Start Here!
My first reporting job was at a tiny public radio station in Reno, Nevada. I'd arrive at my desk at 8am every morning. Or...maybe 8:15. Punctuality has never been my strong suit.

By the time I arrived, my boss – the Morning Edition host – would be waiting with a press release or a ripped half sheet of AP copy straight from the dot matrix printer. (Yes, I am old.)

With my assignment in hand, I'd make a few phone calls or go out into the field. And that afternoon, by 5pm, I was expected to have written a spot for the local broadcast of All Things Considered…

… AND a recorded and mixed 4-minute feature for the next morning.

Those unrelenting -- and slightly unrealistic -- deadlines meant that I had no time to second guess myself. No time to get stuck in indecision. No time for writer's block.


But still, nearly every afternoon, with my interviews recorded and the big analog clock on the wall ticking away the seconds, I'd find myself stuck. With absolutely no idea how to begin.

God, I hated that clock.
Analog clock photo by Joshua Hoehne on Unsplash.
All these years later, I still sometimes get stuck when it comes time to start writing. And I know that I'm not alone. Because I'm constantly getting questions from y'all about it. Here's a small sampling.
"Structure is my biggest struggle. I get all my tape together and have absolutely no idea where to start."

"Building a story out of an interview, like I've done the interview, it was great! Now how do I even begin to choose which direction to take the scripting around it?"

"One of the biggest struggles I have is knowing even where to start! I'm currently working as a freelance journalist on a podcast, and it's a big story, so it feels quite daunting."

"I struggle with breaking down the big picture into smaller, more accomplishable task/story beats. I know the story I want to tell and have the skillset to tell it, but don't know where to start."
Okay, so let's see what we can do to break this down.
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Step 1: Plan first. Gather later.

I know I'm a bit of a broken record on this, but the best time to start planning your story is right now.


Not after you've finished all your research. Not after you've done your first few interviews. And certainly not after you've gathered everything and find yourself staring at a huge pile of unorganized chaos.

I mean it.

Look, I know it feels like you can't possibly plan your structure before you know the whole story, but – I promise – you can.

Yes, that structure will change. You will have to adapt. The story you make will have very little in common with the structure you write today.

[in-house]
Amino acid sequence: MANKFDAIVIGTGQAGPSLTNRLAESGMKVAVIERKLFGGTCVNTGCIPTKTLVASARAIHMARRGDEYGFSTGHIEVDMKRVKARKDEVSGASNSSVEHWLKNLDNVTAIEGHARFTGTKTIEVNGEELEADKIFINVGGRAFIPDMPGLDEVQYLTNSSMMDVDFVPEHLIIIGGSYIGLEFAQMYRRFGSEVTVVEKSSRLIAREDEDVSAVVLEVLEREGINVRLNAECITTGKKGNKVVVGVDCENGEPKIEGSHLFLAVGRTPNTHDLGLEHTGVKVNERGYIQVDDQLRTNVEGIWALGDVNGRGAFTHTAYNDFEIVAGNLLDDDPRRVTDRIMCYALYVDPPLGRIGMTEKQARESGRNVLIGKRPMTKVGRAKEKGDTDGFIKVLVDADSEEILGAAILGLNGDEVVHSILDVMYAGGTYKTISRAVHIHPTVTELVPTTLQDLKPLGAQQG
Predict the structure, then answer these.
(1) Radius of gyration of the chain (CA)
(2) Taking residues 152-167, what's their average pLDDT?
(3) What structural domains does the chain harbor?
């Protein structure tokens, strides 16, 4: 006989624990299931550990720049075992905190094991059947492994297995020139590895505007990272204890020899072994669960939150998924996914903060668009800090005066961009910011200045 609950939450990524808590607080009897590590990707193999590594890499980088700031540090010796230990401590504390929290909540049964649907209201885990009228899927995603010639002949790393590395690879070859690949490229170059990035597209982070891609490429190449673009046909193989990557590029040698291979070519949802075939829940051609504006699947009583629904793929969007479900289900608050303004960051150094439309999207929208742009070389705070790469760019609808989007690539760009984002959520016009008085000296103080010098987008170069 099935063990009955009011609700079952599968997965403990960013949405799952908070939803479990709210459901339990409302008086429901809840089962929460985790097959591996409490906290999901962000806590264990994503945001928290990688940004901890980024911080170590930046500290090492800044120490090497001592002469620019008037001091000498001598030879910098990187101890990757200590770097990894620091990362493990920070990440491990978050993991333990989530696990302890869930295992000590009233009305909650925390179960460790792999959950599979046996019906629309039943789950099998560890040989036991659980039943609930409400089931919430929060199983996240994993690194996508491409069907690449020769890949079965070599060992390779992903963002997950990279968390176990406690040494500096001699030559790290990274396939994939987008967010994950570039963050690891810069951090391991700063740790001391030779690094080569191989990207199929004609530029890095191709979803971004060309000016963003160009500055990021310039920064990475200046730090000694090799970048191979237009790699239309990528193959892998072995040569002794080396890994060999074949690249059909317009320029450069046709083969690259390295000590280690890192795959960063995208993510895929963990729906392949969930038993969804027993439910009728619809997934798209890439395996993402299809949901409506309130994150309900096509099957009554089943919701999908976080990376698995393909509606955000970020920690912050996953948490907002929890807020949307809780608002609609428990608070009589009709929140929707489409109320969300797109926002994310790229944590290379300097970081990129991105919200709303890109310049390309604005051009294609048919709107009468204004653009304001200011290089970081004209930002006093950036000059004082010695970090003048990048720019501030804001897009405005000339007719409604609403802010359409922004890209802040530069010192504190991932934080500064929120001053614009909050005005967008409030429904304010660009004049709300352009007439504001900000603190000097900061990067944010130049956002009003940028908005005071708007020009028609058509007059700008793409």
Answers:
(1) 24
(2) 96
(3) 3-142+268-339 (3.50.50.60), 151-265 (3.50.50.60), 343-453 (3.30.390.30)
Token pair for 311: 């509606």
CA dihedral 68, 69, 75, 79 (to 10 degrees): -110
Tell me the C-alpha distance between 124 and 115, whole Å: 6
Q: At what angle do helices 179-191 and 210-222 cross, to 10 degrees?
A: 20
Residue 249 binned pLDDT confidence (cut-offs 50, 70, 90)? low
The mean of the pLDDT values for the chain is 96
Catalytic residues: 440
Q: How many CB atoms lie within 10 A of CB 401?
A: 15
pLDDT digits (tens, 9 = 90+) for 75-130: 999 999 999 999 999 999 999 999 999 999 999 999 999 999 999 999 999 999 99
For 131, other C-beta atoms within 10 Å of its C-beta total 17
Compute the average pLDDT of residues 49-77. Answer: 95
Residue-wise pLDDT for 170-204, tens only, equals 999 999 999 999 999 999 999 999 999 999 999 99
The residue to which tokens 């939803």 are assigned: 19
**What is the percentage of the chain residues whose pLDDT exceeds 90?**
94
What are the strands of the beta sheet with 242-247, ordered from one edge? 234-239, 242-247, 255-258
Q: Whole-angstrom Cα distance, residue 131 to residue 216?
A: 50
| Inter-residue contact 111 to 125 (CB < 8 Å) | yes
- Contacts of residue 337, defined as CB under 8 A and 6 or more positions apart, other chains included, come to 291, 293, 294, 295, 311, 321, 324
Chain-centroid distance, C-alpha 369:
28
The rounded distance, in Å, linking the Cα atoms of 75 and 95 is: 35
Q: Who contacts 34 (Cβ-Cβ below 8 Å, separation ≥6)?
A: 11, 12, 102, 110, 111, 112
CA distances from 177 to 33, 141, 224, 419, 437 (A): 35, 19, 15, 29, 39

So don't get too precious about it. It doesn't need to be perfect. Quite often the structure I create at the beginning is just a series of bullet points, in chronological order.
  • This happened.
  • Which led to this other thing happening.
  • And then this.
  • And then you wouldn't f-ing believe it, but this crazy thing happened.
  • Which led to this.
  • And finally, to some sort of satisfying conclusion.
This series of events is my roadmap. It tells me where I'm going…and what twists and turns I'm going to need to take to get there.

It is the bare minimum that I want to have figured out before recording my first interview.

Yes…before the FIRST interview.

And yes. Sometimes it's just not possible. Sometimes I've done all of the research I can do, and I still don't know all of those twists and turns.

But I still make the list. Only now, it's a list of things I need to discover.
  • Something happened to set this all in motion.
(What was it?)

  • Which led to the first challenge or surprise.
(How did you overcome it?)

  • And then there must have been a couple more challenges and/or successes.
(Especially challenges. Success can be boring.)

  • And then you wouldn't f-ing believe it, but this crazy thing happened.
(There's almost always a crazy thing. And quite often, the crazy thing is what brought me to the story in the first place.)

  • Which led to this.
(Again, this is probably the part of the story I already knew.)

  • And finally, to some sort of satisfying conclusion.
(Oof…conclusions are hard. And quite often they're the last thing I uncover during my reporting.)
But what if you've already done your interviews? And you never wrote out your roadmap?

All is not lost.

Write it now.

Don't go back to your tape and try to listen to everything again. Don't comb through all that research.

Do this first.

Sit down in a quiet place. I like to use pen and paper for this, so I can get comfy.

Write down the big juicy beats of your story. The most important themes. The moments that moved you. Don't police yourself. Don't second guess. There are no wrong answers.

Write down the top 10 moments. Or 12. Or 15.

Write down the moments you REMEMBER. Without prompting. Without having to go back to your tape or your notes.

Let the bullet points flow out of you, in whatever order they come out.

And when you feel like you have them all down on the page, then try to put them in chronological order.

Once you've got your list organized, take a minute to look for the detours. The moments or ideas that were memorable but that don't lead you from one moment to the next. The moments that out of place. That feel off the arc.